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Bible Commentaries
Exodus 28

Grant's Commentary on the BibleGrant's Commentary

Verses 1-43



Aaron and his four sons were the priestly family, thus separated from the rest of Israel for this sacred purpose. This select priesthood is a contrast to the New Testament order, for today all true believers are included in the priesthood (1 Peter 2:5). But Aaron, the high priest, is typical of Christ, our Great High Priest, and his sons are typical of believers today in their priestly character.

All the garments of the priests were "holy garments," and Aaron's official garments were "for glory and for beauty" (vs.2-4). The garments of Aaron are first considered at length before those of his sons are spoken of. Gifted artisans whom God had filled with the spirit of wisdom were enlisted to make these garments. Those for Aaron are listed in verse 4, "a breastplate, an ephod, a robe, a skillfully woven tunic, a turban and a sash," Notice that Aaron was to minister to God as priest (v.3). Certainly his priesthood involved that "he can have compassion on those who are ignorant and going astray" (Hebrews 5:2), but this is actually a part of his ministering to God.



The ephod was a garment that covered the upper body, and apparently made of two pieces, joined at the shoulders by straps (v.7), and held by a belt (or "band") that is called "the curious girdle of the ephod." Its first component is gold, telling us that our Great High Priest, the Lord Jesus, must Himself be God, just as Hebrews 1:1-14 establishes the fact that His is the eternal God before Chapter 2 speaks of His partaking of flesh and blood, becoming true Man in order to carry out the functions of His priesthood (Hebrews 2:14-18). Blue, purple and scarlet and finely woven linen all connect with His Manhood, but indicate a unique Manhood, standing out above His brethren. For He is the Man from heaven (as the blue indicates);; He is King, as purple shows; and the One perfect Servant of God, denoted by the scarlet.

The fine woven linen speaks of His moral purity, and this was also used for the garments of the other priest. However, chapter 39:29 tells us they had sashes of blue, purple and scarlet interwoven with the fine linen. These sashes indicated their identification with the high priest, just as all believers are identified with Christ in the beauties of His perfect Manhood, though in person we are far short of Him.

The ephod was the particularly characteristic garment of the high priest. It was specially used whenever authorities inquired of God on behalf of the people. The high priest was the true intermediary between God and the people, just as Christ is the one Mediator between God and men. He represents God before the people, and He represents the people before God. The joining together of the two parts of the ephod may have some reference to this linking together of the people with God.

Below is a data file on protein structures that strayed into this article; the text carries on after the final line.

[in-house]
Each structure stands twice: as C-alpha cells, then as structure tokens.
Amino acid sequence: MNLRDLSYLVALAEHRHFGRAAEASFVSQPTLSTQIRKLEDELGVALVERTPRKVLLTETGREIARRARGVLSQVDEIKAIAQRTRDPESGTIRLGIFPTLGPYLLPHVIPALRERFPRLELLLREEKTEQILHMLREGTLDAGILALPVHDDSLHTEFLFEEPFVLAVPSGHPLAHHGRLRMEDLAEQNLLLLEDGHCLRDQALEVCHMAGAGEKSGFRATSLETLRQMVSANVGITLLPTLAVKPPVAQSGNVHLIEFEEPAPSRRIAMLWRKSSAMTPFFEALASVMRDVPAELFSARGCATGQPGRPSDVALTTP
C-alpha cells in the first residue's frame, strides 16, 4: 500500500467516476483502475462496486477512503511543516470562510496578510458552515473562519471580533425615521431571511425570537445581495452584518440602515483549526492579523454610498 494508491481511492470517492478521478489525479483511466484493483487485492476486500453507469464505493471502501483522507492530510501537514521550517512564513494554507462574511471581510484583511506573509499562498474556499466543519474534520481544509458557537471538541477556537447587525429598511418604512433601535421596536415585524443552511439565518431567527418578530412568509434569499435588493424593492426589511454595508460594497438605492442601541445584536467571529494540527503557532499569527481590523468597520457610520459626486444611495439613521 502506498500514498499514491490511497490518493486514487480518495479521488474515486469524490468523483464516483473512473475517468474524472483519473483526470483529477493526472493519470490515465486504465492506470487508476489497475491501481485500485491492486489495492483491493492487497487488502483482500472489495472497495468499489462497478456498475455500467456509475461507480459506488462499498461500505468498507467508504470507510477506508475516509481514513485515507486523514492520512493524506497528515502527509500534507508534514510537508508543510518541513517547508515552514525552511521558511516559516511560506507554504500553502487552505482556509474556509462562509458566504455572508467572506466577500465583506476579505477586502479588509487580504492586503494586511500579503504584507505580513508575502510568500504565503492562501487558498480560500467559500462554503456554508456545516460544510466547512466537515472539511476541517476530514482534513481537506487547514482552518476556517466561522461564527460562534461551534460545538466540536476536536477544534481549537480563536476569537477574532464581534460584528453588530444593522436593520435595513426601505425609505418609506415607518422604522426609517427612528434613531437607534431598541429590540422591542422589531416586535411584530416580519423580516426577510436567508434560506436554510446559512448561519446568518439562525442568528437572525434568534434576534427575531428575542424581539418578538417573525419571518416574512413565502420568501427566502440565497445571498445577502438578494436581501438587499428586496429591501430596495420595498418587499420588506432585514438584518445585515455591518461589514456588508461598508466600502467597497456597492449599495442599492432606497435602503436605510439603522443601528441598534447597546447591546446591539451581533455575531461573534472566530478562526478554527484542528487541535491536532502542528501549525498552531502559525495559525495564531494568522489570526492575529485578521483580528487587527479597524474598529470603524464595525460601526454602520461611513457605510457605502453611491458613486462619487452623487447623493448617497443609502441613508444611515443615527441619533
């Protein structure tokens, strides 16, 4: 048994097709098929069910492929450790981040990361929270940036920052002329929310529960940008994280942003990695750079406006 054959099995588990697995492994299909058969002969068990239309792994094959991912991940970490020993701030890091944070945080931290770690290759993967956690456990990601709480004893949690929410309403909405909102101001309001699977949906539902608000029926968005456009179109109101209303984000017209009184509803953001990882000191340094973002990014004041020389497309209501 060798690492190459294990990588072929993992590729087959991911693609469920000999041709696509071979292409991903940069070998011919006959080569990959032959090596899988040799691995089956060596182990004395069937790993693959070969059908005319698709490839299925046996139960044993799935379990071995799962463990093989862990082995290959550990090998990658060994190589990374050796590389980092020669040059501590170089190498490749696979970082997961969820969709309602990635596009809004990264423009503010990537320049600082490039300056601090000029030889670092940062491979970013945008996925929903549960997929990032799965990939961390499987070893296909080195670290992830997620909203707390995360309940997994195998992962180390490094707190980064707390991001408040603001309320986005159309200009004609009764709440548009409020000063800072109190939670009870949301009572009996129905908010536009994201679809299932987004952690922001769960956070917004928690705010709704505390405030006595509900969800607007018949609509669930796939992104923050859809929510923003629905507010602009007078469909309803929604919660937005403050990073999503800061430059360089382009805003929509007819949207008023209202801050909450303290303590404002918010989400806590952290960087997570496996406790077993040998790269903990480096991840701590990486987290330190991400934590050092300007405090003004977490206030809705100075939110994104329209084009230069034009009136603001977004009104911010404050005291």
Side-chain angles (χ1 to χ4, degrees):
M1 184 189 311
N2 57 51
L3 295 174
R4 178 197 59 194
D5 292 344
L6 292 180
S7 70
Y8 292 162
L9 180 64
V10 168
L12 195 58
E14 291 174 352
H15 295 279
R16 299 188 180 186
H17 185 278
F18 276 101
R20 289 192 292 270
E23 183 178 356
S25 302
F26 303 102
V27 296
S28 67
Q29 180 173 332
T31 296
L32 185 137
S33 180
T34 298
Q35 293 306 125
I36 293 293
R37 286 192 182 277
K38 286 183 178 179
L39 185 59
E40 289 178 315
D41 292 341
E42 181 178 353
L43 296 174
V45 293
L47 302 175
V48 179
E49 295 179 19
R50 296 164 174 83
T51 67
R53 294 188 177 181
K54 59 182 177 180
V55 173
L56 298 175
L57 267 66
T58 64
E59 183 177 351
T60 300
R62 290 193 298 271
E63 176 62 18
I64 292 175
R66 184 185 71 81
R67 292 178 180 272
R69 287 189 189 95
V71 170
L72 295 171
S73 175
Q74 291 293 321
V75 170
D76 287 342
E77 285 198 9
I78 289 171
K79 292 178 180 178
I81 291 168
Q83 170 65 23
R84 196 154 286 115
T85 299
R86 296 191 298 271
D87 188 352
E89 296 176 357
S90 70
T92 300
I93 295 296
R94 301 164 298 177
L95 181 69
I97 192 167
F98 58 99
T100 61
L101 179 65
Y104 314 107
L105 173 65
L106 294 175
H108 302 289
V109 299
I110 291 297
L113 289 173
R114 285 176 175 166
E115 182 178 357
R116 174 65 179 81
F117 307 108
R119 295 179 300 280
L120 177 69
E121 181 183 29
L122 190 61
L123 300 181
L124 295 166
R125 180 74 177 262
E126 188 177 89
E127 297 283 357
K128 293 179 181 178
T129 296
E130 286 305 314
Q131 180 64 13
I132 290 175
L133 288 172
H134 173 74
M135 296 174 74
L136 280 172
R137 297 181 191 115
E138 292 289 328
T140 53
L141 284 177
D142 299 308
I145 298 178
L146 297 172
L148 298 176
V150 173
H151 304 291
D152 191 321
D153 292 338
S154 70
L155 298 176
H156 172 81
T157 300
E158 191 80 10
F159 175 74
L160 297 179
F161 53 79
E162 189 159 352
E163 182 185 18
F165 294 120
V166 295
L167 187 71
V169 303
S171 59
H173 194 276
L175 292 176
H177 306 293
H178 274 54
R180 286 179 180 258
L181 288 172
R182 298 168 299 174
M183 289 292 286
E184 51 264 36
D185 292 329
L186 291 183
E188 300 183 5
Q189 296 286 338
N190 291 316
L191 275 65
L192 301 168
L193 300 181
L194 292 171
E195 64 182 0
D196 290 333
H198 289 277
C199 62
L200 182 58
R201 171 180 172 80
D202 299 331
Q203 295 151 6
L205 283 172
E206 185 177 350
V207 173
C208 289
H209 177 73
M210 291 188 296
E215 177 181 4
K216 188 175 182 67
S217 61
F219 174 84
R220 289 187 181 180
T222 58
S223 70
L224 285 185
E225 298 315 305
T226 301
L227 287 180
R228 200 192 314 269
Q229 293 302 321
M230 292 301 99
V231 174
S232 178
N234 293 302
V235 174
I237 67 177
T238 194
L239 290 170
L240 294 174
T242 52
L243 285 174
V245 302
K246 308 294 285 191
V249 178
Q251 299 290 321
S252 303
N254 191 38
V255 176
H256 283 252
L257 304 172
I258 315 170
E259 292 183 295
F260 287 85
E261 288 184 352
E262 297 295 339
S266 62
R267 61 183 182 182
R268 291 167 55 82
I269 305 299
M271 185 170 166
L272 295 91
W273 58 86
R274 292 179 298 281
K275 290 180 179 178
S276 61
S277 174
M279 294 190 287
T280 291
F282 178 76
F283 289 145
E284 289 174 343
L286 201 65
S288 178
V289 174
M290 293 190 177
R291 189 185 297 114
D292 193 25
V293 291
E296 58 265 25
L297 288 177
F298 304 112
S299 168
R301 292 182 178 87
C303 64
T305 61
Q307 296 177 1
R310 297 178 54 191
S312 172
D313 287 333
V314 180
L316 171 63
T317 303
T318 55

Then two onyx stones were taken and each one engraved with six names of the tribes of Israel, in order of the birth of the fathers (vs.9-10). These were to be set in settings of gold and placed one on each shoulder of the ephod. They are called "memorial stones" (v.12), indicating that all Israel was to be kept in memory as being upheld on the shoulders of the high priest, just as today all believers are established in Christ, the Son of God (the gold settings) and sustained on His capable shoulders at all times. Wonderful grace! Wonderful strength! Compare Isaiah 9:6, "The government will be upon His shoulders." The strength of one of His shoulders is sufficient to govern all the nations, but believers are sustained on both of His shoulders!

Chains of pure gold were to be attached to each of the two gold settings for the onyx stones (v.14). Nothing more is said of them here, but from verses 24-25 it seems likely that the other end of each chain was fastened to the breast plate.



The breastplate, called "the breastplate of judgement," was particularly connected with decision making. It was of course at the forefront of the ephod and woven of the same materials, gold, blue, purple and fine linen. It speaks therefore of Christ Himself in all the glories of His deity and His Manhood. It was doubled into a square (v.2), no doubt for more firmness in order to hold the twelve settings of gold with the precious stones that were set into it. Its size was one span square (v.16), that is, three hand breadths, about twelve inches.

Verse 20 shows that the settings of the stones were gold, and verses 17-20 list the names of the stones, which were set in four rows. The top row was a sardius, a topaz and an emerald; the second row a turquoise, a sapphire and a diamond; the third row a jacinth, an agate and an amethyst; and the fourth row a beryl, an onyx and a jasper. In each one of these were engraved a name of one of the twelve tribes of Israel, so that all Israel was again represented as borne upon the heart of the high priest, just as all were represented as borne on his shoulders (v.12)